The fastest way to gain unwanted weight is to drink your calories – soda, milk, juice, sweetened tea/coffee and alcohol intake can easily total 300-plus calories daily. And if we count calories, 300 extra calories per day equates to nearly one pound per week of weight gain.
If we do not count calories, such drinks typically have low nutrient density (i.e. no bang for their buck). Many Americans continue to replace nutrient-dense drinks like milk with soda (which, in this author’s opinion, is the worst food/beverage in the world), decreasing the overall quality of diet, without necessarily affecting calorie intake. Poor nutrient intake may influence our hormone system and alter how we store fat – thus, both excess intake and low-quality intake can lead to fat gain.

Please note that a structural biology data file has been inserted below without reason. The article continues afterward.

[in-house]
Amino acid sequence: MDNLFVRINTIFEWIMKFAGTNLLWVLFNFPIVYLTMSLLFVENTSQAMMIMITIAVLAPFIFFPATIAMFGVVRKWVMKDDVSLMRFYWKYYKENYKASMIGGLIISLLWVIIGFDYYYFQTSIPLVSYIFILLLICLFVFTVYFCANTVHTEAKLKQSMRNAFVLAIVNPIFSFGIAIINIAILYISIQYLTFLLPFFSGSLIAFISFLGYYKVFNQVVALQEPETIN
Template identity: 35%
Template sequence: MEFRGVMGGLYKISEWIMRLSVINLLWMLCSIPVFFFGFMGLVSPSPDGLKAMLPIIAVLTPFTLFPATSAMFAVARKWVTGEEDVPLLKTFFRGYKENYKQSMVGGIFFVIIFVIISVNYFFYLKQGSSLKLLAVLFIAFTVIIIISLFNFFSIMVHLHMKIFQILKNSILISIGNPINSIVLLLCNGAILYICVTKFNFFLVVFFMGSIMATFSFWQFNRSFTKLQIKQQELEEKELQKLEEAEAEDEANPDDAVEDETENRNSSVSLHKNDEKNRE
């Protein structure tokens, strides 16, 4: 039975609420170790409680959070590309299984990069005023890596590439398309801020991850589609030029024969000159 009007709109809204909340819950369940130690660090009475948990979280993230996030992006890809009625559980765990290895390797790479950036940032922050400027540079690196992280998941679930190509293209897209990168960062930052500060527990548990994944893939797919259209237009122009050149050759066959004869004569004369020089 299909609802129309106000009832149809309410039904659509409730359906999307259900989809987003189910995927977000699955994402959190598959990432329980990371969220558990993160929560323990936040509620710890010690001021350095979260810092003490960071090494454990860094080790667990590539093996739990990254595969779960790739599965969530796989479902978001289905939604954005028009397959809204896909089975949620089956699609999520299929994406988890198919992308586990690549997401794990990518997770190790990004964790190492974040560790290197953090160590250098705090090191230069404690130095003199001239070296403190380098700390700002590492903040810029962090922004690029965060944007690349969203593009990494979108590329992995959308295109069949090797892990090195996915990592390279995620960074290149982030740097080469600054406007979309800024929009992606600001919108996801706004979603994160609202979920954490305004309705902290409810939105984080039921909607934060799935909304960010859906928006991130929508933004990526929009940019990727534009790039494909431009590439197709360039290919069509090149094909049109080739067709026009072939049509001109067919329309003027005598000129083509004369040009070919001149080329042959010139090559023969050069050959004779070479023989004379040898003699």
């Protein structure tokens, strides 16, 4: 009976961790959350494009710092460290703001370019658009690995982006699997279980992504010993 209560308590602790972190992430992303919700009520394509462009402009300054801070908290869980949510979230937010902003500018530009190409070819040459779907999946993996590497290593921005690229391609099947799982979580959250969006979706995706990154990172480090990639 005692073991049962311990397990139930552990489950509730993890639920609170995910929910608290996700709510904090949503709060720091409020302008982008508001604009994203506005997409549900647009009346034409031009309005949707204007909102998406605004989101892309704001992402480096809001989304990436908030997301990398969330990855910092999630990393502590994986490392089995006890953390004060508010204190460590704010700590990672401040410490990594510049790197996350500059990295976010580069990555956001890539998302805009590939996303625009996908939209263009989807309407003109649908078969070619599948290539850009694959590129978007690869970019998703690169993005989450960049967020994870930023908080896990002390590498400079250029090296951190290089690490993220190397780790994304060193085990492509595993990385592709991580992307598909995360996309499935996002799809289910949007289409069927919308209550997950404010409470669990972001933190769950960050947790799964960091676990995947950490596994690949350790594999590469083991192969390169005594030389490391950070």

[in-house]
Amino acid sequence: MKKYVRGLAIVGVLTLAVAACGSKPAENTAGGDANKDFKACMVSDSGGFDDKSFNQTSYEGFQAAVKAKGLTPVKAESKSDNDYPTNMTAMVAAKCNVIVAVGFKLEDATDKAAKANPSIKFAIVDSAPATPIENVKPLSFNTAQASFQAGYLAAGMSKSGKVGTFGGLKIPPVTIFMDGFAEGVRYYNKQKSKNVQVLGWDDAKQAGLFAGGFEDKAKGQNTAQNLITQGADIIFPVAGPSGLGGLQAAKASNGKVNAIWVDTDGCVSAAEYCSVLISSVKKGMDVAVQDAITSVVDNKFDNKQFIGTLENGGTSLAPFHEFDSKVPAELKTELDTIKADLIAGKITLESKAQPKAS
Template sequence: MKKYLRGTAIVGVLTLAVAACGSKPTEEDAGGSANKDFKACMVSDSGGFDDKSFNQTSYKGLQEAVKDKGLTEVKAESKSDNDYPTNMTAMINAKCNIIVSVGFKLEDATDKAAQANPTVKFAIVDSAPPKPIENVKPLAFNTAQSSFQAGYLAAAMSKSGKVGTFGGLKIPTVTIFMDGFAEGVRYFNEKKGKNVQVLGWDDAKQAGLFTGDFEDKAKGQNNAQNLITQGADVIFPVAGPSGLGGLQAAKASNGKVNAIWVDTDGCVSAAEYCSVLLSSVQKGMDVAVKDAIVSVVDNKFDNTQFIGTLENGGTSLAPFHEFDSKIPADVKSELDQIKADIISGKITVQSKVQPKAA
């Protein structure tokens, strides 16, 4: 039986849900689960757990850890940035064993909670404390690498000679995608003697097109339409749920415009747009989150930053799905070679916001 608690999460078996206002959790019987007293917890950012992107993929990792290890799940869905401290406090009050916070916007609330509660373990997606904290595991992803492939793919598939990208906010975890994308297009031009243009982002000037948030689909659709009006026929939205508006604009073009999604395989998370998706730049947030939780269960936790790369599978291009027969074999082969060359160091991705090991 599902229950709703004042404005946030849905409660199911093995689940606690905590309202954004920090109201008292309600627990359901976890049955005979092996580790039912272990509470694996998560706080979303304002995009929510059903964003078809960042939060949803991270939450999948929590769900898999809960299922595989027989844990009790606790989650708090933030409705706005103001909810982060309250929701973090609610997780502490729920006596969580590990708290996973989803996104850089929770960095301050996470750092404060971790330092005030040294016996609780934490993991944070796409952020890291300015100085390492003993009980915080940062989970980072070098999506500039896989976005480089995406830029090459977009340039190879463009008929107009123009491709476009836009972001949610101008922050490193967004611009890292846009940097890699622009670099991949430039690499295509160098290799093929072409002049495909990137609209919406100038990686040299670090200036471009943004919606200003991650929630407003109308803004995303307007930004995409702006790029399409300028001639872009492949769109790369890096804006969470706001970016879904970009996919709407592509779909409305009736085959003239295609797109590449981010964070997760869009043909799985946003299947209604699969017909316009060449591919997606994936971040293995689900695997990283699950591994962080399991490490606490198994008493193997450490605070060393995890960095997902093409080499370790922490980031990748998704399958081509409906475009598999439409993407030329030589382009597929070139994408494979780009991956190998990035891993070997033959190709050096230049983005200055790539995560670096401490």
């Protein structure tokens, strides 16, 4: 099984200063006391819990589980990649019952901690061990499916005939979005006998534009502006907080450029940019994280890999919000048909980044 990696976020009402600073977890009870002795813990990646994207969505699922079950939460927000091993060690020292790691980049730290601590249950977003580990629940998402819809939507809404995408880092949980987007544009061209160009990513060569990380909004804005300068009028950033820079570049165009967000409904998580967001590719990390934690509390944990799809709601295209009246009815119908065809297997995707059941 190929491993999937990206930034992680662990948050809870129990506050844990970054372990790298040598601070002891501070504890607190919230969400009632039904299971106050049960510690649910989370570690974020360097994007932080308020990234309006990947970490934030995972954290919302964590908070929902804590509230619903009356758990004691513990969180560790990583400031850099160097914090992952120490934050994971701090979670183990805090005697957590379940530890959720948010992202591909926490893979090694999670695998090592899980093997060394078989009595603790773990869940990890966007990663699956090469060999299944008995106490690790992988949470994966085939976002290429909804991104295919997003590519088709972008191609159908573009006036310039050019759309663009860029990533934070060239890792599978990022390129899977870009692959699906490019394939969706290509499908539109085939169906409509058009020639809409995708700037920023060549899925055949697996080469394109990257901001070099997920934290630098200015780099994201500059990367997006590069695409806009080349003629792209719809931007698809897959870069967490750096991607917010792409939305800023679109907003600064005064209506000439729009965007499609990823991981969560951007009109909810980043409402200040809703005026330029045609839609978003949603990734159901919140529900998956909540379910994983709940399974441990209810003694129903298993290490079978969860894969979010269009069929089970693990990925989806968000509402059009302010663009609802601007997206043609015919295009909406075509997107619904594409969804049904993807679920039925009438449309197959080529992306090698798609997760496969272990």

2. Eat beige food.
A shift towards nutrient-dense foods will not only help manage weight, but improve overall health, including how you recover from exercise, sleep at night and ward-off disease. Think about your last few meals – what color(s) were on your plate or in your bowl? Variations of meat, bread and potatoes usually end up very beige – and a beige diet is suboptimal.
Aim for at least three colors on your plate with each meal and snack, and at least half of that plate filled with fruits and vegetables (primarily the latter). Sorry, a bag of Skittles does not count as three-plus colors; nor do various shades of any single color. You can also consider swapping your grains and starches for fruit – that way, you can cut down on calorie-dense foods without starving yourself of healthy carbohydrates.
3. Follow every trend.
If they can name it and you have tried it – Ornish, Atkins, South Beach, Paleo – consider bucking the trend and focusing on the common denominators of fad diets. Any diet plan that “works” includes eating fewer calories, natural foods, nutrient-dense foods, high amounts of vegetables and low amounts of added-sugar.